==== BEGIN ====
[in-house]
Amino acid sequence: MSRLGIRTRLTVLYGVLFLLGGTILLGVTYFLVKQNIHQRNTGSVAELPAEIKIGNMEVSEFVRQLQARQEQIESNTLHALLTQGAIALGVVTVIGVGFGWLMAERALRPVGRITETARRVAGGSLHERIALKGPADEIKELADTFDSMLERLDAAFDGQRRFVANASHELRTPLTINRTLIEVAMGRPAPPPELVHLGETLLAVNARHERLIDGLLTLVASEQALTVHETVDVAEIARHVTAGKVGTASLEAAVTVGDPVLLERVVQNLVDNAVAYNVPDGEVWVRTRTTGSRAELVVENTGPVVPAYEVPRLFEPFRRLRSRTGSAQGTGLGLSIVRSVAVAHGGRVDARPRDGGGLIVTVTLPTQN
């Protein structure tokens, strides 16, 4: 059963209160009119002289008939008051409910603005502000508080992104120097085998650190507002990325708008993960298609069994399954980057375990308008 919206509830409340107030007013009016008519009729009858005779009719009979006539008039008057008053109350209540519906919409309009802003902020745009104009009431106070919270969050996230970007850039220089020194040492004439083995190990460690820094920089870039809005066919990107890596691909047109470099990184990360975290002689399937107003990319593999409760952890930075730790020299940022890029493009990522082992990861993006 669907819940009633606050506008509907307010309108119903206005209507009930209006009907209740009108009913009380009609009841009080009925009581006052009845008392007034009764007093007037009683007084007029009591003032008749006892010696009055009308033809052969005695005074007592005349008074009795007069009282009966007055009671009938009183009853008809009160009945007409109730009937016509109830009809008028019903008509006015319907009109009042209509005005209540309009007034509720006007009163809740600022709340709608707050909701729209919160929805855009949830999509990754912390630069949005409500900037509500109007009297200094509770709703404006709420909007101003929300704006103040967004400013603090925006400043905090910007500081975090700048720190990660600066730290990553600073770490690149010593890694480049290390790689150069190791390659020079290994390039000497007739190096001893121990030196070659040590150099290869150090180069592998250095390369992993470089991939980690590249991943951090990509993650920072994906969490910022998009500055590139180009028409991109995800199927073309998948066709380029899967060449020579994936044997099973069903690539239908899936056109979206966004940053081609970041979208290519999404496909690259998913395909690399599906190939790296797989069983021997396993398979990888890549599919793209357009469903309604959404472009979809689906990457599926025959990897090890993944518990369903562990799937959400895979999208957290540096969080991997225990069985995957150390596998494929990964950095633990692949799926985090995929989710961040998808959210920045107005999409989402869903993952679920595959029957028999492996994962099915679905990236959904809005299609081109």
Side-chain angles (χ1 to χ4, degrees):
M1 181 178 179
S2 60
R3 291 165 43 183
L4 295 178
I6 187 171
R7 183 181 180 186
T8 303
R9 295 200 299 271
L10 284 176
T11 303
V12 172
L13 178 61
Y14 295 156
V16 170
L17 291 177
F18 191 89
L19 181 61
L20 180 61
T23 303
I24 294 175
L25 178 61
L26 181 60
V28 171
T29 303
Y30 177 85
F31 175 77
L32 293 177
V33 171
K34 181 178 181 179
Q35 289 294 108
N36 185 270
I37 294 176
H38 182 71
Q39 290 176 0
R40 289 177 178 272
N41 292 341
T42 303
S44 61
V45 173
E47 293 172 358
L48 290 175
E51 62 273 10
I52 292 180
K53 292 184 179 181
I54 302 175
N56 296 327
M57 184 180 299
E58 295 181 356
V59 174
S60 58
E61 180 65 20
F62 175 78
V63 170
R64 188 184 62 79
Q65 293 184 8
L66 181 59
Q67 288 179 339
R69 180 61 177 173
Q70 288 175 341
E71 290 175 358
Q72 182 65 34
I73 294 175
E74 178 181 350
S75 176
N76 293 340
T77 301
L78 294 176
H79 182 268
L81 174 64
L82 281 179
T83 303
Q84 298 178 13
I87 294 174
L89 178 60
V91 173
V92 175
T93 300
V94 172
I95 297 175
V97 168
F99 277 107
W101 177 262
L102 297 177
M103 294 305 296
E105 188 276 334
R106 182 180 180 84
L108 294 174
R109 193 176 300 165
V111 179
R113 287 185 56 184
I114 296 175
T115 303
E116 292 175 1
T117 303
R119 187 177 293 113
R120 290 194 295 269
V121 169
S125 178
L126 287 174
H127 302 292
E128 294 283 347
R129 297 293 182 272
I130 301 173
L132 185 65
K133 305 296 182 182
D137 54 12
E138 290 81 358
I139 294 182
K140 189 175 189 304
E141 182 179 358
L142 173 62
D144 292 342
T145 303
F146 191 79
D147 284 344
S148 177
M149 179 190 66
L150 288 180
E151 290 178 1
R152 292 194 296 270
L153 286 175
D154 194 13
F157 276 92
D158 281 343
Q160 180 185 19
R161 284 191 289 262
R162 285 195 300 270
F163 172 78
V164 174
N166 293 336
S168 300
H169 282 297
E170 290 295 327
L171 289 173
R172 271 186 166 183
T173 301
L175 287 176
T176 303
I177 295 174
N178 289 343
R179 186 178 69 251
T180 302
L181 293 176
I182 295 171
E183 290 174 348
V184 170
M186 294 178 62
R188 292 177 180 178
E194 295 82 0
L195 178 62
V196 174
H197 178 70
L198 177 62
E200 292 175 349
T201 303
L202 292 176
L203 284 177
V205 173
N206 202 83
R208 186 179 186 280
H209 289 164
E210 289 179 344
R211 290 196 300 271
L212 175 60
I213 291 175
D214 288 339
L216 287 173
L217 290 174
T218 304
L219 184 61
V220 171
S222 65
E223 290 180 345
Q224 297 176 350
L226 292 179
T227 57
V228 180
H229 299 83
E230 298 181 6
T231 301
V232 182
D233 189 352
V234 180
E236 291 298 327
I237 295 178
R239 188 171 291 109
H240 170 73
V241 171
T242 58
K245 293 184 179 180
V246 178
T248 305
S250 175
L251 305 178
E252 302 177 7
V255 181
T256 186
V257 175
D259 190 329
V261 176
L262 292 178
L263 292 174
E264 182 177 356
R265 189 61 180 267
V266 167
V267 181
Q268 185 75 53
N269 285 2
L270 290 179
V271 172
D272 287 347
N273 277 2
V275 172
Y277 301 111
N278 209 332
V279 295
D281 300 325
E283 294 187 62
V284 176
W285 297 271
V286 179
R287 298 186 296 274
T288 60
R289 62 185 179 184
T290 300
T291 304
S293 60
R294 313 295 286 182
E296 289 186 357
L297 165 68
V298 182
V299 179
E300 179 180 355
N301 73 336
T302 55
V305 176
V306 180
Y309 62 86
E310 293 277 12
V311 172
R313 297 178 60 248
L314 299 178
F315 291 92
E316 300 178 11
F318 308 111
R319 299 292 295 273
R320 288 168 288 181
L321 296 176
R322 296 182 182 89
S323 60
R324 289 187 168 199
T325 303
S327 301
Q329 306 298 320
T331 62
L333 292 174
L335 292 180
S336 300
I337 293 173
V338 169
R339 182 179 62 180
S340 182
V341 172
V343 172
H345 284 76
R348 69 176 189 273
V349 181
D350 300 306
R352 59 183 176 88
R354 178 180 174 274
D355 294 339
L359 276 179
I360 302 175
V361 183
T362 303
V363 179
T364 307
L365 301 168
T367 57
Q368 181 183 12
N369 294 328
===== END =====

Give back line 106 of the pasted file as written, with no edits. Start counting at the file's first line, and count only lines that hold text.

R129 297 293 182 272